I have always had a love for the story of F. Scott Fitzgerald and his wife, Zelda Fitzgerald. F. Scott has been one of my favorite writers since high school and when I read the novel, Z: A Novel of Zelda Fitzgerald by Therese Anne Fowler, I was instantly hooked on the mystery surrounding Zelda and Scott’s relationship. With that frame work set, when I found out that Amazon was producing a show based off of the novel, I knew from the start that I had to watch it.
This show is called Z: The Beginning of Everything and was created by Dawn Prestwich and Nicole Yorkin, and the show did the novel complete justice. Christina Ricci plays Zelda Sayre and she is able to fully engulf the life and personality of this dynamic character. The show transports its audience back into the the lives of the Fitzegeralds, as well as, their rise to fame and the beginning of the demise. The glitz and glamour of the lives of the Fitzgeralds dazzles the audience, but it is obvious that that is not all there is to their story. Through the party scenes it is easily seen where F. Scott drew his inspiration of The Great Gatsby.
The first season focuses on the meeting of Zelda and F. Scott down in Alabama where he was working in the military and is also where Zelda grew up. They met and instantly connected and over the course of a few years of long distance corresponding the couple fell in love. Zelda then moved to New York to be with Scott and that is where the trouble starts. Because he is not able to produce another best selling novel following his first, F. Scott turns to drinking and partying. It is clear that Zelda wasn’t aware that she signed up for this lifestyle.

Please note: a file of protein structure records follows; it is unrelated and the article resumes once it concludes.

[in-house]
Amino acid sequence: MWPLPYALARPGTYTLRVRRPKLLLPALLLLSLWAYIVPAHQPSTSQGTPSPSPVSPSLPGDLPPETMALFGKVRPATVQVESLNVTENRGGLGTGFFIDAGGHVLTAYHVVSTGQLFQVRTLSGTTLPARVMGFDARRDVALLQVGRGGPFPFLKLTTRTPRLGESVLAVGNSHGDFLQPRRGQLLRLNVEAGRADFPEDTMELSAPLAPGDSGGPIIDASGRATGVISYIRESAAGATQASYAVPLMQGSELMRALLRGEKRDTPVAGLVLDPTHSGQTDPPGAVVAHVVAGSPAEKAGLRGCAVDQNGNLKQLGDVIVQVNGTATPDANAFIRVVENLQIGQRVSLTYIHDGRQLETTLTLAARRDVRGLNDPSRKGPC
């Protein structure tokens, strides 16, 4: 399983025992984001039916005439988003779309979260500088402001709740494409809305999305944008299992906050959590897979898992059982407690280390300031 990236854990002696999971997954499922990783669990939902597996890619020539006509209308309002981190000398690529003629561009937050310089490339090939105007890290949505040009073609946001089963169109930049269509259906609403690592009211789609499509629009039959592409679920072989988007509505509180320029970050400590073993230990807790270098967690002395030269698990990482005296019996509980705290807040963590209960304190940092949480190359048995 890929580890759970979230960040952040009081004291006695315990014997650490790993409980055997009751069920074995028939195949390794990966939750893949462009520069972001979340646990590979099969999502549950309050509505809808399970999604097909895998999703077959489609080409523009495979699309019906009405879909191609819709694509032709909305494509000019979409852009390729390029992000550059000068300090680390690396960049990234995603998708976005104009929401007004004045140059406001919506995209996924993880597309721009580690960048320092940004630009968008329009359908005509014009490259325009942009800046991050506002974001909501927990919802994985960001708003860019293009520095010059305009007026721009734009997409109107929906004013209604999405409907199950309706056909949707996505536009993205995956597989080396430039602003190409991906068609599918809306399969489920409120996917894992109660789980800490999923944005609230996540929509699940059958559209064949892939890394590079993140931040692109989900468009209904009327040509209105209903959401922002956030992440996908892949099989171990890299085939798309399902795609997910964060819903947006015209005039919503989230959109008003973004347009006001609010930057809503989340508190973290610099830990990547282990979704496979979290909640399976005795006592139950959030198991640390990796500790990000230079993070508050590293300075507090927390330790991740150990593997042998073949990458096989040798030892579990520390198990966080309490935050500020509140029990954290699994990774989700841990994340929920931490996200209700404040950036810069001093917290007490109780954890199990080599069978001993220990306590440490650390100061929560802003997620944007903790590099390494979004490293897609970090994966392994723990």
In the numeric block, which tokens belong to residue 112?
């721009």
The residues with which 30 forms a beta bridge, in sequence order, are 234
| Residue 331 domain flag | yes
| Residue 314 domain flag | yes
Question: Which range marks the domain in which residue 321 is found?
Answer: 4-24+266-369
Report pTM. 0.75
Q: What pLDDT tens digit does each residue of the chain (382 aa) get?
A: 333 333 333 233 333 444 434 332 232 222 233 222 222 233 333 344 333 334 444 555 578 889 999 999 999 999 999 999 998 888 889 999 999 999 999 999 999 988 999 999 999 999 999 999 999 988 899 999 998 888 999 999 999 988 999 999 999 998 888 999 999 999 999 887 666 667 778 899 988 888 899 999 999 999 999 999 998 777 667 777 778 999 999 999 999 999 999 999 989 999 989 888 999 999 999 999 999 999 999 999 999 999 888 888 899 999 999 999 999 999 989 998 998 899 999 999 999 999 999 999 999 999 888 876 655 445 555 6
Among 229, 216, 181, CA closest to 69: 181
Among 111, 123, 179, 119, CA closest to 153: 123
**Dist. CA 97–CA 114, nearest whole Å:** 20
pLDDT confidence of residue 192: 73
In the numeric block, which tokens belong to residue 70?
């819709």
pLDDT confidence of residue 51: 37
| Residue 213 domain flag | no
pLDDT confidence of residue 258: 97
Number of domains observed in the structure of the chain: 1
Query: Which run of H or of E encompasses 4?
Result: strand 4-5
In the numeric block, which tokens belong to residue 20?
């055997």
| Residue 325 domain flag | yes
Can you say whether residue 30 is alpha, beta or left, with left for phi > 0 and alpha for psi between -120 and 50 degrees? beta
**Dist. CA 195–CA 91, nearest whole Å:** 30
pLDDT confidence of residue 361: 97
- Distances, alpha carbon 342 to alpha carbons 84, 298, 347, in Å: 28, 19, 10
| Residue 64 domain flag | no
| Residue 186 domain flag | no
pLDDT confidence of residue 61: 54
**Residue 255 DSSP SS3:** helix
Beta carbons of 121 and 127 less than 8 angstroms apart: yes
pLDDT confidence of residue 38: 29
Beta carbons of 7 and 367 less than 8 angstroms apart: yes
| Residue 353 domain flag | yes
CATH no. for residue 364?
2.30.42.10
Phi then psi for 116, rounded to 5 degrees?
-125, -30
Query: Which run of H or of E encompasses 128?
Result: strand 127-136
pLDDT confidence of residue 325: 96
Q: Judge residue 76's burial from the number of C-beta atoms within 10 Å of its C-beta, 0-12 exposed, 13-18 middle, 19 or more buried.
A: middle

This show paints a different picture than the one we usually see of Zelda, and that is why I think it is so special. Many times Zelda Fitzgerald is painted as being F. Scott Fitzgerald’s crazy wife, but in actuality she was just a young girl from Alabama trying to adjust to her newfound fame and all of the troubles that came along with it. It is clear from this show that both characters had their faults and downfalls that attributed to their dynamic and volatile relationship, but neither one is to blame for their issues entirely.
The show ends on a bit of a cliffhanger where it is unsure what is going to happen to the couple next. Of course we know from history that F. Scott will go on to produce more award winning books, but it will be interesting to see how that plays out in the second season. This TV show was very well done and was able to give a real sense into what the couples lives were most likely actually like and for that reason I think it is able to engage its viewers.